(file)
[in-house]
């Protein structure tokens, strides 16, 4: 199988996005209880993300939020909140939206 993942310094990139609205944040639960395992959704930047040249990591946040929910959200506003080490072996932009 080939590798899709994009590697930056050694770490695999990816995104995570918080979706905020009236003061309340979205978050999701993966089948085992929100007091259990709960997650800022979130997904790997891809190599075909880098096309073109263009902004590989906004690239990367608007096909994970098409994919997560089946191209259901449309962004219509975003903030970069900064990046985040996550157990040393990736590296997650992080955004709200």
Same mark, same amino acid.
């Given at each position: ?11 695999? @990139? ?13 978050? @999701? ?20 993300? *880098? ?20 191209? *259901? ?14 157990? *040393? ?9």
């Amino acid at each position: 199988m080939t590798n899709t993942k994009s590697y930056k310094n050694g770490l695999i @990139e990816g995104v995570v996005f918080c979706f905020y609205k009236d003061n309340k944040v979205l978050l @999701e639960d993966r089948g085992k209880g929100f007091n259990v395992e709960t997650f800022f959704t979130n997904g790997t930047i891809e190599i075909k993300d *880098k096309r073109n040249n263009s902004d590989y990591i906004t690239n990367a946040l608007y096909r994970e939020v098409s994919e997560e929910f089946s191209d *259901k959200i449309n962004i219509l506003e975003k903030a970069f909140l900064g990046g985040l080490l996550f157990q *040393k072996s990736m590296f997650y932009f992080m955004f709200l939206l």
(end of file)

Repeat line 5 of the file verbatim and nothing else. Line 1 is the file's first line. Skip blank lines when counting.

């Amino acid at each position: 199988m080939t590798n899709t993942k994009s590697y930056k310094n050694g770490l695999i @990139e990816g995104v995570v996005f918080c979706f905020y609205k009236d003061n309340k944040v979205l978050l @999701e639960d993966r089948g085992k209880g929100f007091n259990v395992e709960t997650f800022f959704t979130n997904g790997t930047i891809e190599i075909k993300d *880098k096309r073109n040249n263009s902004d590989y990591i906004t690239n990367a946040l608007y096909r994970e939020v098409s994919e997560e929910f089946s191209d *259901k959200i449309n962004i219509l506003e975003k903030a970069f909140l900064g990046g985040l080490l996550f157990q *040393k072996s990736m590296f997650y932009f992080m955004f709200l939206l």